She left off this habit from the twentieth of February, 1927, and took up the habit of singing the words in her own way. From now on, for some time, she was in this singing mood. Whatever she was doing, she was always singing some words or other and was never quiet. At times, she used to be so much occupied with this habit of humming a word that she became totally inattentive to our call to her when she was wanted. Sometimes she used to be so much absorbed that we had to approach her and take her up by her hand, and only then would she stop her humming.

March 9, 1927

It was noticed at this time that Kamala joined in the singing in the service. In this singing mood of hers, she used to disturb the singing of the hymns very much. At times, she used to shout at the top of her voice in a shrill irregular note.

March 12, 1927

Kamala, as a member of the Orphanage, was a pet of all. All the children loved her very much, and everyone in the house was ever ready to help her in any way he or she could, and she became accustomed to accepting such help occasionally, but not always. For instance, it was noticed on the twelfth of March, 1927, that Kamala could not tie the string of her pajamas, although she tried her utmost. She began to cry, but no one attempted to help her, as she did not want anyone's help in this. Most probably she was afraid that the children would take away her pajamas. Mrs. Singh she trusted, but since she was out, Kamala could not get her to do this job. She quietly came to me in the office and stood behind me, without my noticing her. Hearing a rustling noise behind me, I turned round and found that tears were rolling down Kamala's cheeks. I at once became alarmed, left my chair, and approached her. I found that she was holding her pajamas in both her hands. I could not understand what was troubling her. Just then, a girl named Manica, finding that Kamala had come to me to have her pajamas tied up, came running to me and told me all that had happened and how Kamala had not permitted her to tie them up. I understood the whole situation and asked Manica to tie them up in my presence immediately, and not to take away her pajamas. Kamala was highly pleased at this order of mine. When the pajamas were tied up, she smiled and went along with Manica. Kamala in her bearing at this period made the children understand that what she thought or did was all right. She did not permit the children to undo anything that she did.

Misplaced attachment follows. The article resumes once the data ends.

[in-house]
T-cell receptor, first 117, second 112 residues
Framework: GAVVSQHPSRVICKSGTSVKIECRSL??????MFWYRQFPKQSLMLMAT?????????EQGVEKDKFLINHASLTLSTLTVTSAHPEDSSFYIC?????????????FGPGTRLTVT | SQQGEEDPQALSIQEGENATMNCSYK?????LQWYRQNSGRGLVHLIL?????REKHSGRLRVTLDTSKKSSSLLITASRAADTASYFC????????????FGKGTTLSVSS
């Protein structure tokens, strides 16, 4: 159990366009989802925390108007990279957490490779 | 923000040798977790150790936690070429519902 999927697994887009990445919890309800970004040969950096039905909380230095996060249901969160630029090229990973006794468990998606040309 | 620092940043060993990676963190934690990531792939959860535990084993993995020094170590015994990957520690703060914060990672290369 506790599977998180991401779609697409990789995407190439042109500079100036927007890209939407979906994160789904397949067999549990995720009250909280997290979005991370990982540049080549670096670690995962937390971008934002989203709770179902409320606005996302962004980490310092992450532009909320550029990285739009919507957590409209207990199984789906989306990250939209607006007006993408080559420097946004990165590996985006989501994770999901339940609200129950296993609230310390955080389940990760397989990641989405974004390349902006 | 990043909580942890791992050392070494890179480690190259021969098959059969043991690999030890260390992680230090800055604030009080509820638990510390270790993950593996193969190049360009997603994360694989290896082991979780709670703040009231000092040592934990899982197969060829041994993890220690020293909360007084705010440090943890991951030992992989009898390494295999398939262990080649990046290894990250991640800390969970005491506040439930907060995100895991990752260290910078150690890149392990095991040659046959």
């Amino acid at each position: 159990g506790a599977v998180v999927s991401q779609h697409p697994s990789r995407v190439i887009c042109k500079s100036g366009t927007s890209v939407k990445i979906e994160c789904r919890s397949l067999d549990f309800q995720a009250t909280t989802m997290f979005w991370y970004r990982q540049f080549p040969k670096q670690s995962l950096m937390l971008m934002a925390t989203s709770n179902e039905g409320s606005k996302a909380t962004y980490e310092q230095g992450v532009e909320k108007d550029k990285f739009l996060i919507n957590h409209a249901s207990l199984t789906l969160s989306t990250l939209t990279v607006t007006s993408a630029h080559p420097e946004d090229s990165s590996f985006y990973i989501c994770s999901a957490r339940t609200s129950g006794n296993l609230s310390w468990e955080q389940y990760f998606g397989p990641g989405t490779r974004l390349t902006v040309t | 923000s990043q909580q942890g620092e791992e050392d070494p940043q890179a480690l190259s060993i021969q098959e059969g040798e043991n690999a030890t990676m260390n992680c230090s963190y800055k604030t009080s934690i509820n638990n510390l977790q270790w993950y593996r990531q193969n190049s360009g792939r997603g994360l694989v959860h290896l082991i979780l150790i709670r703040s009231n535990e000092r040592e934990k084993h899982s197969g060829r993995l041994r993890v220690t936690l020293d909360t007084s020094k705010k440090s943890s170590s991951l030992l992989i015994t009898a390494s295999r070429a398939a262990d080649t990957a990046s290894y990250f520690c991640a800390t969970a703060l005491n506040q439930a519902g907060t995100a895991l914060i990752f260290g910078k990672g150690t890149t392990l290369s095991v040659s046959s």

March 17, 1927